Hand-Dug Water Wells

Hand-Dug Water Wells

In addition to providing training to rural farmers, EATBETA is involved in facilitating the construction of hand-dug water wells in rural communities. Most rural communities in sub-Saharan Africa have a serious shortage of clean water; thus, our goal is to construct hand-dug water wells, particularly, in the villages where EATBETA carries out training and outreach programs. EATBETA’s programs are much more successful in rural communities where we establish water wells. In constructing a hand-dug water well, the villagers are involved in the process; either by digging the hole themselves or by providing local materials, such as bricks or sand, needed in the construction of the well. Then EATBETA uses funds raised through donations, to build the water well and to purchase materials which the villagers cannot afford—such  as cement, hand pumps, water tanks, pipes, etc. Involving the villagers yields two important benefits. Firstly, villagers take ownership of the project and they feel engaged in the process. Secondly, it helps to minimize the construction cost to about $2,000 per well. We can’t begin to describe the joy that is expressed by the villagers in elaborate celebrations when a water well is launched in their community. More importantly, the availability of clean water enables rural communities to avoid infections and diseases resulting from using stagnant pond water. We humbly welcome donations toward this effort. Please click here to make a water well donation.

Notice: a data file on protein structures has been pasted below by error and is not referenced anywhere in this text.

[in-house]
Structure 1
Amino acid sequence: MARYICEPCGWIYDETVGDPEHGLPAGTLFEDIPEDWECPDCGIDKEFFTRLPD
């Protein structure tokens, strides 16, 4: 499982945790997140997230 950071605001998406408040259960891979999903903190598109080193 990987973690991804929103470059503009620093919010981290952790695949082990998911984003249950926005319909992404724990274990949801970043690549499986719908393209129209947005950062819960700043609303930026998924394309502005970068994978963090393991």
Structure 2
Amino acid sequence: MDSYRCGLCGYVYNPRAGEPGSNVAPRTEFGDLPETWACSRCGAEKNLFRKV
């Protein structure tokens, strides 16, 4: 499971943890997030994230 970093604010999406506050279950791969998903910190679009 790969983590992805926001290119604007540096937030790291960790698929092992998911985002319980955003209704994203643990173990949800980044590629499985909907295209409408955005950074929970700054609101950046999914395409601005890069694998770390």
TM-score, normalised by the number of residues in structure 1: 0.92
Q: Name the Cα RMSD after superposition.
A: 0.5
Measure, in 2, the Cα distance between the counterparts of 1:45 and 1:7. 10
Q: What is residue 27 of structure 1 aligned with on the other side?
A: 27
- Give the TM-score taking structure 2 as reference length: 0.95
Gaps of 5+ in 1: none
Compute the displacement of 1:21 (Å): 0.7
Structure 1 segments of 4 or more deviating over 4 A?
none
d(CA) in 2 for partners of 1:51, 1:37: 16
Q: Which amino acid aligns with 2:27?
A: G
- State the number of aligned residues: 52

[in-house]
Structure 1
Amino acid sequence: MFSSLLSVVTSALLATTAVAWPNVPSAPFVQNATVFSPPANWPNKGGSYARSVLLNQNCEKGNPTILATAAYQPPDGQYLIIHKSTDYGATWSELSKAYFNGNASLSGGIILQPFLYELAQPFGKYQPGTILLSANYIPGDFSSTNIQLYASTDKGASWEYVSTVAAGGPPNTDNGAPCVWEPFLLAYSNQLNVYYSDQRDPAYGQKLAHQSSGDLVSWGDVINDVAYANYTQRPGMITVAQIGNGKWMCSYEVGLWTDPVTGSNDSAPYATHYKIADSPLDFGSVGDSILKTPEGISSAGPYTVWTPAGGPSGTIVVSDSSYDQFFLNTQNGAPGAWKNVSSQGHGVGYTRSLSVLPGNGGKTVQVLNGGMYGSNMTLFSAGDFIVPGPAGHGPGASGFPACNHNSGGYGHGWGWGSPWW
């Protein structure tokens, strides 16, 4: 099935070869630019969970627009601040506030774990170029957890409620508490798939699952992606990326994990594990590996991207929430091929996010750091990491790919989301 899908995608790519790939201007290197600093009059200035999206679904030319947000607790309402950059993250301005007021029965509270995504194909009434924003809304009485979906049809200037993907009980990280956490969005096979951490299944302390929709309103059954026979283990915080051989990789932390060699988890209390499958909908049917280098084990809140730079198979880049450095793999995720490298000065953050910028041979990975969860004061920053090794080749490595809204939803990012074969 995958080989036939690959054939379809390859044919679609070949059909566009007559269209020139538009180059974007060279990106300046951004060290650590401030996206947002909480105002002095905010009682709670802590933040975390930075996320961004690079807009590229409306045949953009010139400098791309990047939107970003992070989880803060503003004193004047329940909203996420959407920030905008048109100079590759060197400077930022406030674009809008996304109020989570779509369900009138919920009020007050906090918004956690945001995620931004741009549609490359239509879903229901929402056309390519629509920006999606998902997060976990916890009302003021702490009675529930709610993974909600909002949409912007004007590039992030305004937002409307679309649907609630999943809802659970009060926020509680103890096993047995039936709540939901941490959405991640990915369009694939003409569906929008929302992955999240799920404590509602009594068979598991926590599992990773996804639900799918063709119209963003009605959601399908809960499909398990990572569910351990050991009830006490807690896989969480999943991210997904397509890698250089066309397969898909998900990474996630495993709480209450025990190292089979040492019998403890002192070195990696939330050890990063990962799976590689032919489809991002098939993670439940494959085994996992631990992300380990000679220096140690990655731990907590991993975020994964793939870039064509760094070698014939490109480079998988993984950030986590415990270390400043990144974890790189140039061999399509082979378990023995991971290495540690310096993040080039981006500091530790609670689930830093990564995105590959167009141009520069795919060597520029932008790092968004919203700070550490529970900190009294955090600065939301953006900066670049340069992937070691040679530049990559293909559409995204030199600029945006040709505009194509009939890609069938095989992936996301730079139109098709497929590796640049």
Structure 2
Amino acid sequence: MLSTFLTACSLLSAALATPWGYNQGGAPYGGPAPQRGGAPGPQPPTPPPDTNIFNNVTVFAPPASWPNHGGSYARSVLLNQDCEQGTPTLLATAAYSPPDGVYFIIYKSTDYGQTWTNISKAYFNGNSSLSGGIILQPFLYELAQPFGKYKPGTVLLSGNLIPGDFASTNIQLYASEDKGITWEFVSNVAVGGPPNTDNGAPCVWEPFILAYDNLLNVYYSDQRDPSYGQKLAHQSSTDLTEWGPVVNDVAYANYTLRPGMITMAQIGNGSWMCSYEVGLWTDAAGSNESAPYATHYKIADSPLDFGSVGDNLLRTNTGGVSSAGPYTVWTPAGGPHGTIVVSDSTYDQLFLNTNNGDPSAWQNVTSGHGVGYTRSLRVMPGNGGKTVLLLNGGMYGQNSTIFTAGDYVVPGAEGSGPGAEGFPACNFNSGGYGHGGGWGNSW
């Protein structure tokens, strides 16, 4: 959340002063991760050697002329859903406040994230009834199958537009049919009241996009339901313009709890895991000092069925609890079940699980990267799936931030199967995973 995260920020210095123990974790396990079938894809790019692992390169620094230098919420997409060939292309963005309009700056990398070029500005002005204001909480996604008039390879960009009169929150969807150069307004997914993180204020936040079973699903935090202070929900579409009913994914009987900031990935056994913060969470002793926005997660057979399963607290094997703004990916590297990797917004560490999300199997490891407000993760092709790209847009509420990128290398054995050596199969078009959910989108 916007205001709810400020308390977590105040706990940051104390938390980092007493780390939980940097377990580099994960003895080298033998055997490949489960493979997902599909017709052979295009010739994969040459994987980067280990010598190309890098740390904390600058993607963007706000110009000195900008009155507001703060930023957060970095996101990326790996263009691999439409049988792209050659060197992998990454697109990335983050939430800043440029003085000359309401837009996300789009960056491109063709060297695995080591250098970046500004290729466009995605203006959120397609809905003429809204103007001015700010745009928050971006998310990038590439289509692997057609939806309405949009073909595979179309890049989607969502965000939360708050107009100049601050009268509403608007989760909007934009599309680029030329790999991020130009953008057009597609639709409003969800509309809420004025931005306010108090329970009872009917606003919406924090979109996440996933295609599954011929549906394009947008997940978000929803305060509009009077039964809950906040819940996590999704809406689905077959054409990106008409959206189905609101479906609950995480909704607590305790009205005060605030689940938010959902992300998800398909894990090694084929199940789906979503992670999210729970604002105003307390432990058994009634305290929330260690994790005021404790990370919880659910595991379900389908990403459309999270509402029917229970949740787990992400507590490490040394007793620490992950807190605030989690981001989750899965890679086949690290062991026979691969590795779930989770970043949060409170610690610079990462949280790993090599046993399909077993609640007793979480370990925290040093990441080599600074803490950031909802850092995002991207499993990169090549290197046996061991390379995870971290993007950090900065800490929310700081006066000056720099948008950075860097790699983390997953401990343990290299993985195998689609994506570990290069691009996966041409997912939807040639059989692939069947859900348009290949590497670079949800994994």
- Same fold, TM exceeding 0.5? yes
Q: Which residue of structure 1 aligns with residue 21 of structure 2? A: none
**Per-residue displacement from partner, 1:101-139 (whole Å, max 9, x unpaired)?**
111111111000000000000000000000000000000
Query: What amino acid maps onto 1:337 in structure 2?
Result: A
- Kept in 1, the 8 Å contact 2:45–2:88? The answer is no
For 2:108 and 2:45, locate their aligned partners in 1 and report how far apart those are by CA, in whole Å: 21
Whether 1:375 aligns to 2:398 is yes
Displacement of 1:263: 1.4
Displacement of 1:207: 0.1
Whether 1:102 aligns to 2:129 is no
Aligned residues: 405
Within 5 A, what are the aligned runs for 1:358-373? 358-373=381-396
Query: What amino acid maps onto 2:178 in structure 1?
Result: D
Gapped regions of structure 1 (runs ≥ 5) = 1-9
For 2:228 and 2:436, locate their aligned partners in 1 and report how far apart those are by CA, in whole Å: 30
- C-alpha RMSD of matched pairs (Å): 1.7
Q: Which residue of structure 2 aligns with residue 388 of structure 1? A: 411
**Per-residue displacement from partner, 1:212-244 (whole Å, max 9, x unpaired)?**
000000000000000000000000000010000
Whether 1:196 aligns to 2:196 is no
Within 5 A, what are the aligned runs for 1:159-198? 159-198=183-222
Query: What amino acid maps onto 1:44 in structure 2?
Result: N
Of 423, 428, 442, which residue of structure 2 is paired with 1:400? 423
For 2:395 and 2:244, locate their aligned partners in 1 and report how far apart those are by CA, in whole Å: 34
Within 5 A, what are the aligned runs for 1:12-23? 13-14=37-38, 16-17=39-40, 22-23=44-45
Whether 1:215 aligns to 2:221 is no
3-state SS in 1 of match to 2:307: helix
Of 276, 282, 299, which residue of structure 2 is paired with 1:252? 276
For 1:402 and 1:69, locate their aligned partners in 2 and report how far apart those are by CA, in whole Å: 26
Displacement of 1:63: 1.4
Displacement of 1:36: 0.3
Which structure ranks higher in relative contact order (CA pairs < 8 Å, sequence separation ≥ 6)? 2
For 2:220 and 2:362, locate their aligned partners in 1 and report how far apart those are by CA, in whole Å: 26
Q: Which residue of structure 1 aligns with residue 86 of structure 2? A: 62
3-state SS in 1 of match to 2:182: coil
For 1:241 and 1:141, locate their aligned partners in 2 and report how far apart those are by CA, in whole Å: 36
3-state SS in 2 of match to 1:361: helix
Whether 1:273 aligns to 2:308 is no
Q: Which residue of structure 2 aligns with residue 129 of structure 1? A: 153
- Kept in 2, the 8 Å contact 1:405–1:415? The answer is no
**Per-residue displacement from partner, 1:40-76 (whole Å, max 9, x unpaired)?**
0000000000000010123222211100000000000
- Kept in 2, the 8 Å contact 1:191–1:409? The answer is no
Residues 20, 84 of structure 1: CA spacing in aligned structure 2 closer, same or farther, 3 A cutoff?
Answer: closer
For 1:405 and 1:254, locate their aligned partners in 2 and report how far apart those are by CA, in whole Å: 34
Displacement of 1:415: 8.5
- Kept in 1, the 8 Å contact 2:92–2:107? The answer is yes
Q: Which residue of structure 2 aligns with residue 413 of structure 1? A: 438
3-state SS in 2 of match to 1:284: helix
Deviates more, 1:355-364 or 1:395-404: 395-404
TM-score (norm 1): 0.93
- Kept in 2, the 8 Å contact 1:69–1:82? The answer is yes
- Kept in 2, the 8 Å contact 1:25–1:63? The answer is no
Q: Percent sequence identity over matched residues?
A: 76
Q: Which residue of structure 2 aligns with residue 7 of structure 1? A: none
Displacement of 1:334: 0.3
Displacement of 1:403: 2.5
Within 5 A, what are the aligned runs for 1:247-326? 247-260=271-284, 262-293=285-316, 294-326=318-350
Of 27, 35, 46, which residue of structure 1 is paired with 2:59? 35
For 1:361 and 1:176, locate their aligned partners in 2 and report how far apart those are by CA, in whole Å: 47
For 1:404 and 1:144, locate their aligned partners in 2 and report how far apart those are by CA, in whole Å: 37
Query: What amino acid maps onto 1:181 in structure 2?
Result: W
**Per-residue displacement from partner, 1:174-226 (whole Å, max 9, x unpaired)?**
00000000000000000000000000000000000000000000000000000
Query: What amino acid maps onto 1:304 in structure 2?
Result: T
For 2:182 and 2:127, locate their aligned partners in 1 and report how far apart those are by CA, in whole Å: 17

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Before EATBETA constructed a water well at Butabala village, Kamuli district, Uganda
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After EATBETA constructed a water well at Butabala village, Kamuli district, Uganda

Video showing villagers participating in hand digging a water well